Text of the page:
A Gallup poll taken March 13 to March 22 shows that of nine polled entities, the U.S. news media was the only institution underwater in its approval rates. Overall approval for the media stood at just 44 percent, with 55 percent disapproving. Contrast that to the media’s foil, President Trump, whose approval rate for the coronavirus crisis stands at 60 percent. Even Congress is at 59 percent approval

For an excellent case study in the utter lack of self-awareness “infecting” the media, consider Damon Linker’s March 27 column in The Week in which he wrote:

Over and over again, those who report on and analyze politics at close range have documented the president’s lies, exposed his schemes to enrich himself, taken note of his errors and their consequences, and highlighted his incompetence and cruelty — and at every step of the way they have assumed this would make a political difference. But it hasn’t.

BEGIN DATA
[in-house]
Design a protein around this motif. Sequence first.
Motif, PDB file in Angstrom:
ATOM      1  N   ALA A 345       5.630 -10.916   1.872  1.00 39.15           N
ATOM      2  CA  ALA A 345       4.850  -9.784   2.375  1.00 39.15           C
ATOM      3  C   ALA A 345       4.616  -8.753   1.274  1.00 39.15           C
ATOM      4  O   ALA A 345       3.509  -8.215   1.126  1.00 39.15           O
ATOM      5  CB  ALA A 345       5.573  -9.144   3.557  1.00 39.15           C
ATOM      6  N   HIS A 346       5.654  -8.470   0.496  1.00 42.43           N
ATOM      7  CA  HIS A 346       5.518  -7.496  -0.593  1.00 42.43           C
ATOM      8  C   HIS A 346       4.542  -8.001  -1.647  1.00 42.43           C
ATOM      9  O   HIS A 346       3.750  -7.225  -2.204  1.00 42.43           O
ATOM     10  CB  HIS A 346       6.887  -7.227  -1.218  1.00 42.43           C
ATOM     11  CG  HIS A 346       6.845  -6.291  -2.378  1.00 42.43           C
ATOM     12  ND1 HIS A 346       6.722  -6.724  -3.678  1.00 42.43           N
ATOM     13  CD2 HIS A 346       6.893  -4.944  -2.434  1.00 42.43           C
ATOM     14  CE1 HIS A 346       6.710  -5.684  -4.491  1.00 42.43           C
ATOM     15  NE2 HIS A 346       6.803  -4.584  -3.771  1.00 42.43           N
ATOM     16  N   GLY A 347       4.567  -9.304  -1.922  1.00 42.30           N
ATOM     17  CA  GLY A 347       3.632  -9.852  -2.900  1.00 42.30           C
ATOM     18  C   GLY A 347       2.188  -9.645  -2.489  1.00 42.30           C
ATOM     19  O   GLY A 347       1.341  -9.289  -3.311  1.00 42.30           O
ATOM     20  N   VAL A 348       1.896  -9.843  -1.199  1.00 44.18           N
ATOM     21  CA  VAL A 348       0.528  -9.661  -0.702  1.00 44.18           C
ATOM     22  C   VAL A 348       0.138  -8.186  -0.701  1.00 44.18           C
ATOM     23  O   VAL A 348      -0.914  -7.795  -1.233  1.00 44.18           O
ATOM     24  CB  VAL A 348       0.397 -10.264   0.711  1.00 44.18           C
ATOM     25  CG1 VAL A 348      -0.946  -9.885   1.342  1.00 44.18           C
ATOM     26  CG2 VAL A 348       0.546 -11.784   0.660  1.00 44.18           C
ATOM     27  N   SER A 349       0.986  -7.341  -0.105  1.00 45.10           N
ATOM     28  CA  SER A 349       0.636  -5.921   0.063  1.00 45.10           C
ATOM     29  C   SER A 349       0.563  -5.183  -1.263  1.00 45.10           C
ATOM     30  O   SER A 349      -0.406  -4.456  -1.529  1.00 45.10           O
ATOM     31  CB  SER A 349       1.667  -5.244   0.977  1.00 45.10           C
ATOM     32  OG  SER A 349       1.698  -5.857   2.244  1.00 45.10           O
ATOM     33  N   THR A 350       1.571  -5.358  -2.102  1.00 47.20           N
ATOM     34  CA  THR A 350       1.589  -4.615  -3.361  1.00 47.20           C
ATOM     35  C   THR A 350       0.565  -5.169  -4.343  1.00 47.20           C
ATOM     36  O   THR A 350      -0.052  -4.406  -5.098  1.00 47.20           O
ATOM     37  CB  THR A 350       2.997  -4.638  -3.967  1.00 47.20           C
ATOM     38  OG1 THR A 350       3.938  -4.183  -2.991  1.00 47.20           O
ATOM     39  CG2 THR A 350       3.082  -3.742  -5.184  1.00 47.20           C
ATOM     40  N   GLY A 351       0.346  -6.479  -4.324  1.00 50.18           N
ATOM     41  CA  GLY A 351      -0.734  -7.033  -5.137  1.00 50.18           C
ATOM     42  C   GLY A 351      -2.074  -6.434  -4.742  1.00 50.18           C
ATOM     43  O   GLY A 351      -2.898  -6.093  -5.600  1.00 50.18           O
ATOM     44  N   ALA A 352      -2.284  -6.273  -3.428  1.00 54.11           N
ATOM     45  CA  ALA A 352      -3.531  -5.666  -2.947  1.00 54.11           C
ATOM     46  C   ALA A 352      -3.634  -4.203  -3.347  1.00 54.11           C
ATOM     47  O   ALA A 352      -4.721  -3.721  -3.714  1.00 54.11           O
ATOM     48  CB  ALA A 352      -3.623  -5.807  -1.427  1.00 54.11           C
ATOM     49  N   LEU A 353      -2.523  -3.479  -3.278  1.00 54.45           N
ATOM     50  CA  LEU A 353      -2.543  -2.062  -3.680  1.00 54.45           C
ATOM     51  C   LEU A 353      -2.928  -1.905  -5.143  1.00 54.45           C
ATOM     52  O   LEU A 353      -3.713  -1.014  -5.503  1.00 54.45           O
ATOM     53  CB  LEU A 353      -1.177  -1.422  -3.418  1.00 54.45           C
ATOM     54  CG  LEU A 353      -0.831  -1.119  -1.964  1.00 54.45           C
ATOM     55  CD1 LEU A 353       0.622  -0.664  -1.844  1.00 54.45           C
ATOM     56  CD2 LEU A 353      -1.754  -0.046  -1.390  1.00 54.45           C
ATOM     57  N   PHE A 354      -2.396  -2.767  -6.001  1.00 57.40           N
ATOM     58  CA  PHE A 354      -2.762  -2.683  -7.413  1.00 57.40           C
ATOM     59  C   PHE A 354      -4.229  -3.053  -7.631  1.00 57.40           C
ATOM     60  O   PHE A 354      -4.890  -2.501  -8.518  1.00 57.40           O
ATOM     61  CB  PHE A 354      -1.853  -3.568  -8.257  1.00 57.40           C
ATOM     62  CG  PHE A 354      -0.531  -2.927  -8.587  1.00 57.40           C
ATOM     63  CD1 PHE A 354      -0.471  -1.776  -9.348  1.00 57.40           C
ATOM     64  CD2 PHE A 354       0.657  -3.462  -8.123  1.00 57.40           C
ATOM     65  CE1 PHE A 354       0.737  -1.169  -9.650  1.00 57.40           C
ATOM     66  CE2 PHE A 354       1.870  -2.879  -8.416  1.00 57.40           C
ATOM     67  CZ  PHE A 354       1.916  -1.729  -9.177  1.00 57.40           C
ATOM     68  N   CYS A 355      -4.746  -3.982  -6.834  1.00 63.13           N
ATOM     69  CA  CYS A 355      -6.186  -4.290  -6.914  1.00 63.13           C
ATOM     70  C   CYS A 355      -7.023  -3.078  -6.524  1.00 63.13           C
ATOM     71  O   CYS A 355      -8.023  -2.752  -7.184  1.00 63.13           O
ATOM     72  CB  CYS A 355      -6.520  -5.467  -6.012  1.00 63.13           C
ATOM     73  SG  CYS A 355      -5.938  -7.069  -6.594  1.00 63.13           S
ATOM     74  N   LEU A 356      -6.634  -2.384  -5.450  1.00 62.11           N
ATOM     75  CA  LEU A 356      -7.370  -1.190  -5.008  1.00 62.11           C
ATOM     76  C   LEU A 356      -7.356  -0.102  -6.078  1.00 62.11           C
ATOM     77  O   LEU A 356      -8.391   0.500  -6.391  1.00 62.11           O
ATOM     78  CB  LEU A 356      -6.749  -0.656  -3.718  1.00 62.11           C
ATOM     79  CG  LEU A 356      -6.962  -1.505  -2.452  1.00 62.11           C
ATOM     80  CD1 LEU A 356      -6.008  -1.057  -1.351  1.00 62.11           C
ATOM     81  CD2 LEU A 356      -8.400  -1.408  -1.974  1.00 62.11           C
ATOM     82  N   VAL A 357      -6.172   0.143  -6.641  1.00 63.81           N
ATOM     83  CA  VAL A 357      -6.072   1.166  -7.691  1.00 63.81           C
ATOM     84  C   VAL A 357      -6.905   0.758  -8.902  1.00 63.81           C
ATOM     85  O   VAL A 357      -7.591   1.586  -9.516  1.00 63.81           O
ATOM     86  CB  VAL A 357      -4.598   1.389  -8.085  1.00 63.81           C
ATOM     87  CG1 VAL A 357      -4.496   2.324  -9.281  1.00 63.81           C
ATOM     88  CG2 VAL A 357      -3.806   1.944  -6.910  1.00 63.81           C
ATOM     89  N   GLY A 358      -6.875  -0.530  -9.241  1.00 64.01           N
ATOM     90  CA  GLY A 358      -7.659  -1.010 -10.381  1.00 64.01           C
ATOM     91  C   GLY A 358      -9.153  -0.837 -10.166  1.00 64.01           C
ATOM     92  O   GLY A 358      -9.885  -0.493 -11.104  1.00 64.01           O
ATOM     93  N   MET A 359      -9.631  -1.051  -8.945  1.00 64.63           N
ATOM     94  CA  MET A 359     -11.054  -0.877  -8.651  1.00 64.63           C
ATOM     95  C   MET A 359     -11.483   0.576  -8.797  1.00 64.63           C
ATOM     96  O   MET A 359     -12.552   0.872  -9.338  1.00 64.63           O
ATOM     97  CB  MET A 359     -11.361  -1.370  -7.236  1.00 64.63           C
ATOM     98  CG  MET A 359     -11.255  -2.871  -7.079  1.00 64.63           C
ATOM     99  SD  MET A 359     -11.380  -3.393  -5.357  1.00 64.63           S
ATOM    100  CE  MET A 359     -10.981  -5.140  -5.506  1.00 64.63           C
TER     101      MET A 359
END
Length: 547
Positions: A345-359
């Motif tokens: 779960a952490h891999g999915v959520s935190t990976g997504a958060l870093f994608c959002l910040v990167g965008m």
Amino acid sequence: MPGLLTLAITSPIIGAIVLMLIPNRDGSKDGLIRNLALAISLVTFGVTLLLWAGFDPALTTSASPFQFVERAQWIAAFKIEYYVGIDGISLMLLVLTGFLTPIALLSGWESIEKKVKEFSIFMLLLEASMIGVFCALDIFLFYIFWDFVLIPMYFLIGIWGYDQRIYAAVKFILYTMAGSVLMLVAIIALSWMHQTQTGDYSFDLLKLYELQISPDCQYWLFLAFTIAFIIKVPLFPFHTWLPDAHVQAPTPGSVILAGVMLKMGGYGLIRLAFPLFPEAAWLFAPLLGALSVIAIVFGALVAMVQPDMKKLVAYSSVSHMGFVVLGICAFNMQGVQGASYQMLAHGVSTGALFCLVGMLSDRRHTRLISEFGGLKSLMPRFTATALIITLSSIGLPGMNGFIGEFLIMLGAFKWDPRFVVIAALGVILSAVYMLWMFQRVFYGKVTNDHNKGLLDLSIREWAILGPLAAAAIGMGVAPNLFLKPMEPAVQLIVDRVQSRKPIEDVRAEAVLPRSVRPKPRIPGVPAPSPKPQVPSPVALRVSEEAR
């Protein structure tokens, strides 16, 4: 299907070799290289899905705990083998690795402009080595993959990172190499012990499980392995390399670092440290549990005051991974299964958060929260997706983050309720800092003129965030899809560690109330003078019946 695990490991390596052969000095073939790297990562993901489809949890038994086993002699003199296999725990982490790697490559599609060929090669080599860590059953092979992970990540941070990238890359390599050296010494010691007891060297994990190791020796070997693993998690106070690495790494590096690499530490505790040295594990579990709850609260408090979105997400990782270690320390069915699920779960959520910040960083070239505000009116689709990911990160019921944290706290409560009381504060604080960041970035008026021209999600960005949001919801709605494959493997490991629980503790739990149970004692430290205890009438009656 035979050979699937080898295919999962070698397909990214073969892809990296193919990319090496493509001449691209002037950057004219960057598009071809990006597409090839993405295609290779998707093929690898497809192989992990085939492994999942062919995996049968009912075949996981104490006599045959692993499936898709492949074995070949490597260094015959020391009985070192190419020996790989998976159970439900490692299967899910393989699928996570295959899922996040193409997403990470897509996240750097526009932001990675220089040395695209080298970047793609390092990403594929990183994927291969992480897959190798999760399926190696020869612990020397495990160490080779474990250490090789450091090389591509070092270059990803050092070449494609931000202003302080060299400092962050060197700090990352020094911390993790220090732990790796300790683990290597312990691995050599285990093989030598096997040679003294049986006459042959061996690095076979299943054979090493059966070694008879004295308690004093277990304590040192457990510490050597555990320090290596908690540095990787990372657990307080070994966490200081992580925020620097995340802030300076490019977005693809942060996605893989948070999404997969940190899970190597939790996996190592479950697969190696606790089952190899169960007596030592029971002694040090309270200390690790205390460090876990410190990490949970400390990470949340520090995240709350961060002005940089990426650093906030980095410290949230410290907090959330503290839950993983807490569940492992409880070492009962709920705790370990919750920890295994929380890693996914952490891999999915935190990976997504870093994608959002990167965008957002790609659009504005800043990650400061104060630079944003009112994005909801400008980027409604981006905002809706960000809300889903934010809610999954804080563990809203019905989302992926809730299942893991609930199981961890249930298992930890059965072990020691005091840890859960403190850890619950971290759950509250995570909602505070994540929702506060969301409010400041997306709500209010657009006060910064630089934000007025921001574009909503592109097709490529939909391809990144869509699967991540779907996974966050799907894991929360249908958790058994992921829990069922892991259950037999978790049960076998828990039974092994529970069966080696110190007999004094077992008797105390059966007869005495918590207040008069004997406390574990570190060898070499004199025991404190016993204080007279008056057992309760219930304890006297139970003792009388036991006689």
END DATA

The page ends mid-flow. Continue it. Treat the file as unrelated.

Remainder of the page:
Maybe it’s time to recognize that it won’t.
Accepting this is hard. Journalists, academics, and intellectuals tend to be idealists. They went into this line of work not because they wanted to be rich but because they wanted to make the world a better place in some way. This doesn’t mean their ideas on improving things would always have positive outcomes if they were enacted, or that their favored policy proposals deserve to take priority in our public life. Not at all. But it does mean they tend to assume that most people will recoil from outright lies, deception, malice, injustice, sleaze, and thuggish imbecility when it is exposed and demonstrated to them.
But maybe that isn’t true.

It’s isn’t true at all, but it’s a perfect encapsulation of the tendency of the modern commentariat to loathe Trump and the Republicans so much that bumper-sticker slogans substitute for truth and moral catastrophizing reins supreme. Nassim Nicholas Taleb defines the Intellectual Yet Idiot as “the inner circle of no-skin-in-the-game policymaking ‘clerks’ and journalists-insiders, that class of paternalistic semi-intellectual experts with some Ivy league, Oxford-Cambridge, or similar label-driven education who are telling the rest of us 1) what to do, 2) what to eat, 3) how to speak, 4) how to think and 5) who to vote for.” Sounds a lot like the press corps, from top to bottom, and their fellow travelers in Twitter’s Blue Check Mark Brigades.